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WOODSON

      John Woodson (1586-1633) and his wife Sarah Winston were the immigrants of this family, arriving in Jamestown in 1619 on the ship George. Aboard was the new governor, Sir George Yeardley, about one hundred young Englishmen who would become settlers, and Woodson, a “surgeon” for the company of English soldiers protecting the new colony. He located on land owned by the governor, Flowerdew Hundred (named for his wife Temperance Flowerdew), thirty miles above Jamestown on the south side of the James River.

      According to Woodson family tradition, the two Woodson sons, John and Robert, were twelve and ten years old in 1644 when the Indian chief, Opechacanogh, led an uprising against the settlement. John Woodson, returning home after visiting a patient, was killed in sight of his house. The Indians then began attacking the cabin which was barred against them.It was defended by Sarah and Ligon, a friend who was visiting at the time. Using an old musket, Ligon managed to kill nine of the Indians. Two others attempted to enter the house by the chimney, but Sarah scalded one to death with boiling water then seized the iron roasting spit with both hands and brained the other. The boys had been hidden away: one under a wash tub and the other in a pit used for storing potatoes. For several generations descendants of these boys were called either Tub Woodsons or Potato Hole Woodsons.

      In the 1650s, Robert Woodson (1634-1707)married Elizabeth Ferris (1638-1689), the daughter of immigrant Richard Ferris and his wife Mary Beaple of Curles plantation. Robert acquired a large estate and lived the life of a wealthy planter. His name appeared on many of the court records of the time as witness to documents, but his only public service was as Surveyor of Highways in Henrico County in 1685.  In some papers he is given the title of Colonel.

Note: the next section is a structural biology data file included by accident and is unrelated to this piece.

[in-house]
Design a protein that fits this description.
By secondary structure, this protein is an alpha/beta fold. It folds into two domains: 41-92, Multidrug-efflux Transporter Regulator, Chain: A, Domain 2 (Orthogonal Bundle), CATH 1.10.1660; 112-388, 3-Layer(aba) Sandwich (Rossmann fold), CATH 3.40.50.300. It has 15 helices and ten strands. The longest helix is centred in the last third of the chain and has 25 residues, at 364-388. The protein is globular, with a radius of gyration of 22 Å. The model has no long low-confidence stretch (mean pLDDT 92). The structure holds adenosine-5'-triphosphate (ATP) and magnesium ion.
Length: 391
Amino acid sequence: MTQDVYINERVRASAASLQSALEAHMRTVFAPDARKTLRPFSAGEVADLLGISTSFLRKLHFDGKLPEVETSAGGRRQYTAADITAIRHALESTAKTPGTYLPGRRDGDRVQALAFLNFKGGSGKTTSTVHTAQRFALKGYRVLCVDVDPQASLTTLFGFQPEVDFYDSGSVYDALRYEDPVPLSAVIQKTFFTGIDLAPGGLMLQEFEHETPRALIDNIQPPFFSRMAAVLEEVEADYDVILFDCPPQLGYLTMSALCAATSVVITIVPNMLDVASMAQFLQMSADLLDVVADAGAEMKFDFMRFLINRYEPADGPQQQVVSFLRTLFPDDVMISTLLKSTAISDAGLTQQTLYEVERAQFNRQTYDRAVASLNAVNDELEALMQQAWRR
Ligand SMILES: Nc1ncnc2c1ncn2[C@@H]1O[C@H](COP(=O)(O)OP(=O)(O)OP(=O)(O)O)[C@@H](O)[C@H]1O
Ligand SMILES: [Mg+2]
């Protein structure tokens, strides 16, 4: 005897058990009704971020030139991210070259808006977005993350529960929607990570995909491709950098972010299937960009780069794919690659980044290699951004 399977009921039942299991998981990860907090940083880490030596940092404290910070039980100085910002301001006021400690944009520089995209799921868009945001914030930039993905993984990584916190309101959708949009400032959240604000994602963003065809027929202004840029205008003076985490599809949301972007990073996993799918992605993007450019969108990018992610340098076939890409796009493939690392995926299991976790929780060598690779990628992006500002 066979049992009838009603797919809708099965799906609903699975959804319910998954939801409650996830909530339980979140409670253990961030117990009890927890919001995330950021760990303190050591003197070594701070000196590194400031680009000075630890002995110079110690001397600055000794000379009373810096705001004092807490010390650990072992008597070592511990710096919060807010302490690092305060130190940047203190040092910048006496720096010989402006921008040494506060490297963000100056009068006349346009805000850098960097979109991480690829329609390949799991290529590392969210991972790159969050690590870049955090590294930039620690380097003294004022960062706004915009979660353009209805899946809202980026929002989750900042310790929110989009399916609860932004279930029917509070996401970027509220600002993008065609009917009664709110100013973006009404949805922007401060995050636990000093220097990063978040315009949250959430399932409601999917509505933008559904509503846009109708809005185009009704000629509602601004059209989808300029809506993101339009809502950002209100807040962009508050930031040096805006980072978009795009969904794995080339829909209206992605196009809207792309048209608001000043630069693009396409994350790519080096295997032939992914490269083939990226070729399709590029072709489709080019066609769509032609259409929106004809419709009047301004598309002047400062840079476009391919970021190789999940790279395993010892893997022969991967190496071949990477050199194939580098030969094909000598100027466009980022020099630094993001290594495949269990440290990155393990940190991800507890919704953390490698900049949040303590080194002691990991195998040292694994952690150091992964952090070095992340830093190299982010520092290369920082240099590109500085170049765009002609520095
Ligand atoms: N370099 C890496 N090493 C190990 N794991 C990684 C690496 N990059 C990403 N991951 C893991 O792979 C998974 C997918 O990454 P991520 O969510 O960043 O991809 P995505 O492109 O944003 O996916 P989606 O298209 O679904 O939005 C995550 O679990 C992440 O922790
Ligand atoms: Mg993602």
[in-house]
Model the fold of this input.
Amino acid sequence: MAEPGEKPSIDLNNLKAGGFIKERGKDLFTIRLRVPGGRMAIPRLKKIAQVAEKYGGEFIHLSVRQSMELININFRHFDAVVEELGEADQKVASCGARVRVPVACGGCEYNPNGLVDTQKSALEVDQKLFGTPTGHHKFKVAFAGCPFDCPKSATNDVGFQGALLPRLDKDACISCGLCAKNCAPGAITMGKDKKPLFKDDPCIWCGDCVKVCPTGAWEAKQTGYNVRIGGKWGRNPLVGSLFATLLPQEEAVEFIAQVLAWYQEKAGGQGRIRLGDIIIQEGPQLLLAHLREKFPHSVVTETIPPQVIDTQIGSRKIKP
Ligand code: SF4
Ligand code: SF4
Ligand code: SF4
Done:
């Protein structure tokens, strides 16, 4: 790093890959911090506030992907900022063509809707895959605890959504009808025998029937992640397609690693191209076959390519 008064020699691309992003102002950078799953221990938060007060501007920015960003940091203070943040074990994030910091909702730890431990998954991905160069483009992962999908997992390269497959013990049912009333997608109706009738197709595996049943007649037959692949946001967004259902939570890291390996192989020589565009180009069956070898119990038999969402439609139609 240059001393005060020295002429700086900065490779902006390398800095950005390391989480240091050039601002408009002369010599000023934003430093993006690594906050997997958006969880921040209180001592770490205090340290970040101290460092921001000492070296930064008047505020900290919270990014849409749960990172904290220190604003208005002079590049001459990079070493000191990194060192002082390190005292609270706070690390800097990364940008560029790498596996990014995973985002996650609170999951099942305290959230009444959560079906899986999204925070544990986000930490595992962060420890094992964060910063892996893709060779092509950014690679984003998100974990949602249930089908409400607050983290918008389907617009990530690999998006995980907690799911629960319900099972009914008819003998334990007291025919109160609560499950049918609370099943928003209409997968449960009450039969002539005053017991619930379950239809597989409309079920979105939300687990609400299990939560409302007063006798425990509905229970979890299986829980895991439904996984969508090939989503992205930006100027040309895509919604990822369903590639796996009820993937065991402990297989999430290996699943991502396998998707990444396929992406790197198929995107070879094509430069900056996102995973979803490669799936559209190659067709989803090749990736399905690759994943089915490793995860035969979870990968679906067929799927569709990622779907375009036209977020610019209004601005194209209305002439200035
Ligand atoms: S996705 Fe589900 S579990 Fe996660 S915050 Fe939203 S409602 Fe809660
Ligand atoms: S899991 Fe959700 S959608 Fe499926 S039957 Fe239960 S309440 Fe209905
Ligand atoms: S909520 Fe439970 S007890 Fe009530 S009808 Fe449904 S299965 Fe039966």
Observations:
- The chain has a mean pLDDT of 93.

Robert Woodson Jr., (1660-1729), his son, was first married to Sarah Lewis.

      Sarah was the daughter of John Lewis and his wife, Isobel Warner . Sarah's paternal grandfather was Robert Lewis, an immigrant from Wales. Her maternal grandfather was Augustine Warner, an immigrant from Norwich, England. Sarah was the mother of Stephen, Joseph, Robert, Elizabeth, Sarah, Mary and Agnes.

      Sarah died before 1710.  In that year Robert Woodson (Jr.) requested to be “liberated” from his Henrico County Quaker community in order to marry Rachel Watkins, who was not of that Quaker community. He requested to be received back into his earlier community of Friends in 1723, perhaps after her death. His 1729 will named only eight of his ten children, so two may have died before him.

      The marriages of three of his children are of special interest:

      His son Joseph Woodson, son of Rachel, married Elizabeth Mattox who was the daughter of Quaker immigrant, John Mattox, and his wife Margaret Kent.

      His daughter Sarah Woodson, daughter of Sarah, married Joseph Parsons.

      Elizabeth Woodson, the daughter of Rachel, married John Knight.

 
      In the next generation, Joseph Woodson (son of Joseph Woodson and Elizabeth Mattox) married his cousin, Elizabeth Parsons (daughter of Sarah Woodson and Joseph Parsons): his aunt becoming his mother-in-law.

      The daughter of this marriage, Judith Woodson, married Jonathan Knight, the grandson of Robert Woodson Jr.'s second marriage: Judith was his great-granddaughter, whereas her husband was his grandson.

      Their daughter was Judith Woodson Knight who married William Amis.